SPITTING OUT THE BONES
When I was a kid we would occasionally have fish for dinner. When I questioned how to eat fish I was told that "You eat the meat and spit out the bones." Good advice for eating fish and many other things in life as well.
In my early days of fly fishing I was privileged to make the acquaintance of Vince Marinaro and to spend time fishing with him when he came to fish the Au Sable River in Michigan where I was living at the time. After I moved from Michigan to Montana we maintained our relationship through letters and cassette tapes. Those letters and tapes are some of my most treasured earthly possessions. Vince was one of the luminaries of modern fly fishing and his first book, A Modern Dry Fly Code, was just being rediscovered by the fly fishing public about the time that I first met him. That book presented many ground breaking ideas from the jassid to the crisscross hackled dry fly.
Vince was a spring creek angler, spending the bulk of his angling hours fishing the famous Pennsylvania spring creeks, especially the Letort. Vince was a tactician and his inquisitive mind was always searching for a tactical edge over his quarry; the wary trout of the Pennsylvania spring creeks. Through study and observation he became convinced that selective trout key on certain impressions that insects riding on the surface of the water create with their feet or bodies. He invented a new method of tying dry mayfly imitations that caused the imitation too keep the thorax and abdomen off the water. He called this style of tying "thorax style" which later came to be referred to as "crisscross" hackle. Vince was also convinced that the wing of a mayfly served as a triggering mechanism when the fly approached the trout's window so he tied mayflies with oversized cut wings.
Over the years in private conversations, letters and cassette tapes we discussed his theory in some detail. While he was convinced that trout use the impression that insects make outside of the window and the importance of the wing on mayfly duns when deciding whether something is edible, he was unable to account for the fact that trout eat conventional imitations that do not produce these characteristics. Although he maintained his support of his "thorax style" method of tying dry flies, in practice they proved to be no more effective than conventionally tied patterns.
For several years I tied a series of flies that consisted of nothing more than a tail, thread body, thorax and hackle. I varied the color of the tying silk, the thorax dubbing color and the hackle to emulate the insect that I was intending to imitate and in the smaller sizes – 18 thru 24 – they were as effective as fully dressed flies tied to imitate the same insects. I'm not certain what Vince would have said about those flies but clearly they produced solid rises and confident takes despite the lack of wings which Vince considered critical.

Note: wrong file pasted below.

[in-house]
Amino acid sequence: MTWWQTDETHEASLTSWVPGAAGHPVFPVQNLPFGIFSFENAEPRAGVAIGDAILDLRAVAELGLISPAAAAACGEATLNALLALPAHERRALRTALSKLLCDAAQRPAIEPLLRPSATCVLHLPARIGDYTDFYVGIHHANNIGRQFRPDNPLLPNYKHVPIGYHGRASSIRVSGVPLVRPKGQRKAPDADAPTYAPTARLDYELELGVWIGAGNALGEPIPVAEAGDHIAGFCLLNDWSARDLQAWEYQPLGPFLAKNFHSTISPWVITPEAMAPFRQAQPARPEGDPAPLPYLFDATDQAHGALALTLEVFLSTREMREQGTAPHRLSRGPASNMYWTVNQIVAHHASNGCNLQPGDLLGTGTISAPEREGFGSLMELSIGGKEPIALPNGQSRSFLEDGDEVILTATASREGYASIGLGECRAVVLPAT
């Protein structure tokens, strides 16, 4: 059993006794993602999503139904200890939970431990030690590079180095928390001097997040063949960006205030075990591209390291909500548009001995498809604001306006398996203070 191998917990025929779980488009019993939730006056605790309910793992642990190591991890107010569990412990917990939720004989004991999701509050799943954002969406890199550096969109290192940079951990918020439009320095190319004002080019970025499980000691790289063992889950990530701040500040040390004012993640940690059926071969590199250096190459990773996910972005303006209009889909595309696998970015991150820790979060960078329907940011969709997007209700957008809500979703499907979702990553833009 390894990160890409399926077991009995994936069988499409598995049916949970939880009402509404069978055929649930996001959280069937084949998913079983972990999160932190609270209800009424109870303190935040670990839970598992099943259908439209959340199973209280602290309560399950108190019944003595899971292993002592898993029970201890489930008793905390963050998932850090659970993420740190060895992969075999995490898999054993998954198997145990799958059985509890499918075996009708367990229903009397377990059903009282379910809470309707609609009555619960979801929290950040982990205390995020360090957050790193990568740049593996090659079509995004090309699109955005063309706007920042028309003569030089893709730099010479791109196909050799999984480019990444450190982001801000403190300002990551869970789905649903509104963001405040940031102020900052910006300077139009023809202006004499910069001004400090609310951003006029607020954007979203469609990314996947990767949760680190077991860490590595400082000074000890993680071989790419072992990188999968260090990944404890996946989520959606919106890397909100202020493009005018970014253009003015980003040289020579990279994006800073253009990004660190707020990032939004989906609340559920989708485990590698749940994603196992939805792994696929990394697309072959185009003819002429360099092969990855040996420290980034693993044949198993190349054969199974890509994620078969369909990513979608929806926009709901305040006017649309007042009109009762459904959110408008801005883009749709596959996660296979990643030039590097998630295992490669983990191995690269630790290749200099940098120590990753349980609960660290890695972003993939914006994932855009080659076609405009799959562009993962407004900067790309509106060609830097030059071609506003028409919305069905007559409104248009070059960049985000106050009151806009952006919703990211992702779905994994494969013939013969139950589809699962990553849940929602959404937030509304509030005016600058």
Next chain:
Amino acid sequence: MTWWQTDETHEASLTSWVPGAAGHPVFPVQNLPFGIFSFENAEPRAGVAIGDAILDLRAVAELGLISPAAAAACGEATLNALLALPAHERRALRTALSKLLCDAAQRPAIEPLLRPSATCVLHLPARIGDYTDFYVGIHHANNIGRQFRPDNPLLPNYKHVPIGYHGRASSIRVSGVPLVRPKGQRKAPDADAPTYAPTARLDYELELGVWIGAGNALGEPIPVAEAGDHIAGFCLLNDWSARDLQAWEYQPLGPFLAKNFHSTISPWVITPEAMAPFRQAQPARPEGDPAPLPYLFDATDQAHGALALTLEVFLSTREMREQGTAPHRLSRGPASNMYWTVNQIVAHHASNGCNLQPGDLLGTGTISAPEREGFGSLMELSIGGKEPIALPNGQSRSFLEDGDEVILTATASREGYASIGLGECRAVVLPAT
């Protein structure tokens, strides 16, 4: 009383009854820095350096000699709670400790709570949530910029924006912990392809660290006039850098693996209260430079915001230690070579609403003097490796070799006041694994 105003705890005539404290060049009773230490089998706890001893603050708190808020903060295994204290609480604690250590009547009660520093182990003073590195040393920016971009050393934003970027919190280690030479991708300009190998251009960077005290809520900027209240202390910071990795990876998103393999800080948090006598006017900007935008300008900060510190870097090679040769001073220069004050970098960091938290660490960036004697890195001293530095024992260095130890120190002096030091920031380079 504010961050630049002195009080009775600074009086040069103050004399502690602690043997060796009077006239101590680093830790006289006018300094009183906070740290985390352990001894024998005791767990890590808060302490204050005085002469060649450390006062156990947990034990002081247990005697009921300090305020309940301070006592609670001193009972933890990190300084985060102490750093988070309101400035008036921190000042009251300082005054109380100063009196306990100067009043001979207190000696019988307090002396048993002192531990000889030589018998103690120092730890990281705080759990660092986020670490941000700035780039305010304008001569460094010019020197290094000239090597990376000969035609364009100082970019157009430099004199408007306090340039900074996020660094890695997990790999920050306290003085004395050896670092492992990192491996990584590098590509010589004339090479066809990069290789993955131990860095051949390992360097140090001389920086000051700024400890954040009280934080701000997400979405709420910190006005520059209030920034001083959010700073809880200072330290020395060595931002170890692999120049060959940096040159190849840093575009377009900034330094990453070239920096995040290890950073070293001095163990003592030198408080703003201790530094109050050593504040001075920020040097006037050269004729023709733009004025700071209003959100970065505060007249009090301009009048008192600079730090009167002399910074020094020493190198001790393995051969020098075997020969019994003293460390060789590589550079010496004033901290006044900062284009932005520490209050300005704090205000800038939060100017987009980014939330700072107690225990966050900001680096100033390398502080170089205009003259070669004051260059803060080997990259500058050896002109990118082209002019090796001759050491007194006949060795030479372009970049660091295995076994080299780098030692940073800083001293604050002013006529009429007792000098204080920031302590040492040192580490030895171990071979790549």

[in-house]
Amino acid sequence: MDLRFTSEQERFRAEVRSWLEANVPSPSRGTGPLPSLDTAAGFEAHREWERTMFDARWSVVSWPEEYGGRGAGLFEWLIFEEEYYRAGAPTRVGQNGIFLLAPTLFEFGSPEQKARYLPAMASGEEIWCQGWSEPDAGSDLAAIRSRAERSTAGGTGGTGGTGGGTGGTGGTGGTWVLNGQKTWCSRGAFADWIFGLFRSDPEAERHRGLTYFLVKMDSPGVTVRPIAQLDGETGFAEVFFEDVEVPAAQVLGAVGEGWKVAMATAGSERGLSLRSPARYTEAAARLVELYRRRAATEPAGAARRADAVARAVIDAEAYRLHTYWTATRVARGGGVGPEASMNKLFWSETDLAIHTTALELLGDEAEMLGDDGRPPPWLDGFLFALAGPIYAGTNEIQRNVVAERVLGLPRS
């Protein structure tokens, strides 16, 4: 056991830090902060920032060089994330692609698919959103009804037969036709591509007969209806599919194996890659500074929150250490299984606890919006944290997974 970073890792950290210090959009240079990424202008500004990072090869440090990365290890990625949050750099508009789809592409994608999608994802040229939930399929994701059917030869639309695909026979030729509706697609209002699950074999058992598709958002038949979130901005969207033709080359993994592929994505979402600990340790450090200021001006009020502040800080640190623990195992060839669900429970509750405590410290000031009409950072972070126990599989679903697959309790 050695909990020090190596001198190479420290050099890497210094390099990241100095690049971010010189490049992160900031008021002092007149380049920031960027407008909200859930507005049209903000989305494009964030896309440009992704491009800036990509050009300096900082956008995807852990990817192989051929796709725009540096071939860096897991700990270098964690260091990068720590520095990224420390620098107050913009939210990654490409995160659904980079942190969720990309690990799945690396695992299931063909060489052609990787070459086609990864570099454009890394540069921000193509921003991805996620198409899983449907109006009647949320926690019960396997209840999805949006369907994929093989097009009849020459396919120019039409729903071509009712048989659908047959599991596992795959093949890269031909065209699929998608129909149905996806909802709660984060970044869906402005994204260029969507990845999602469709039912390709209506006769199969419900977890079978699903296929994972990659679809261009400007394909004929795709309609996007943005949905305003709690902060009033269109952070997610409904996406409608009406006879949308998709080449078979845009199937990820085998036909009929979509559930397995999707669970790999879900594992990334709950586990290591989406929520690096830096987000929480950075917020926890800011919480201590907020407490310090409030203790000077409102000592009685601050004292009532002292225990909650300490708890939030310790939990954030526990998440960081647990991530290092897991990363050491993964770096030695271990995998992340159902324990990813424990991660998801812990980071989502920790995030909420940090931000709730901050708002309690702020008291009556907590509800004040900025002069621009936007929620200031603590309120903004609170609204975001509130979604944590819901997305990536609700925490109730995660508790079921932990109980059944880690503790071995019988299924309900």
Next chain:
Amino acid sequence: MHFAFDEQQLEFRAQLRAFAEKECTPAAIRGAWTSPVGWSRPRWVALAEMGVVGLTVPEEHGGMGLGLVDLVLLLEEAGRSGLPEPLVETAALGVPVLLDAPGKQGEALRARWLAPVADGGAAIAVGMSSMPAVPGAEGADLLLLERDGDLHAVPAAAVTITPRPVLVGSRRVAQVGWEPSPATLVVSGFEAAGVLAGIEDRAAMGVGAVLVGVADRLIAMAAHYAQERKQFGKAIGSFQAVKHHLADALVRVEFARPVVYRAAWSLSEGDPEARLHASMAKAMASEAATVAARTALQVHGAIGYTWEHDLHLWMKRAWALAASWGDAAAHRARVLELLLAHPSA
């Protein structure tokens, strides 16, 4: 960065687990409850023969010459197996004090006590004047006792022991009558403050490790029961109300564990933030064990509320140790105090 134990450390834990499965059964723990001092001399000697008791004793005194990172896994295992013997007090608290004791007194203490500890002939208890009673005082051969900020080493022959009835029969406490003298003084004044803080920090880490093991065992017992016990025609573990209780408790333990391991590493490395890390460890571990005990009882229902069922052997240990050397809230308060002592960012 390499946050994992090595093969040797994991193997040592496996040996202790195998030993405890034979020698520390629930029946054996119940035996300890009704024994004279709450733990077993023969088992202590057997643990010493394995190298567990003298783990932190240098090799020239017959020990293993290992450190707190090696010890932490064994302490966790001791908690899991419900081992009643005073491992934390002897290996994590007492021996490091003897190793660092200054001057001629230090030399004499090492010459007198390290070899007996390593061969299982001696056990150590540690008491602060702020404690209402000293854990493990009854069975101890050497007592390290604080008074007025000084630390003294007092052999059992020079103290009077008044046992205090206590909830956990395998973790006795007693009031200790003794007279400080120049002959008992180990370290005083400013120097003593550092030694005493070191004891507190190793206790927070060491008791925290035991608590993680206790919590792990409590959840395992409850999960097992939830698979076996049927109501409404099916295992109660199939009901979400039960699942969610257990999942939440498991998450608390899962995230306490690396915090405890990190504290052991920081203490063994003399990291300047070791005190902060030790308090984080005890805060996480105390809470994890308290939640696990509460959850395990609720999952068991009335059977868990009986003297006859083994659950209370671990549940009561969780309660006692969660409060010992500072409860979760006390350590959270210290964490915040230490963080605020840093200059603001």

On a recent trip to the Bighorn River in Montana I was using a large [size 16] down-wing caddis pattern that is tied parachute. The post is pink so that it can be easily seen. I was using that pattern as an indicator for my much smaller [size 20] pattern that I was fishing as a dropper. The small fly represented the insects that I observed on the water but I hooked most of the fish that I caught on the caddis pattern, which did not represent anything that I saw on the water the entire three days that I fished there! Stomach samples, obtained with a stomach pump, produced nothing that looked like my caddis pattern, but nonetheless it was taken with gusto by several very nice wild trout.
The conclusion that I have drawn from all of this that, despite all of our observations and clever tying techniques, we still do not know what causes a trout, or any other fish to take our flies. We have our "theories" and our carefully crafted speculations and in many of these "theories" there is a modicum of truth. As with Vince's theory, fish may use the impression that an insect makes on the surface before the insect enters its field of vision [the window] to decide if it will investigate further, however the reality is that it's only one clue and not necessarily the definitive one. Flies that are tied according to Vince's method are rejected while a conventionally tied pattern is eaten with relish.
Fly fishing is an inexact science, if it can even be labeled as a science. If you are searching for a logical explanation for why fish react in a certain way you will end up frustrated because fish are not logical in their actions. When you entertain the latest theory or consider the latest killer fly pattern eat the meat, [the modicum of truth it may contain] and spit out the bones. Then go out there and have a good time.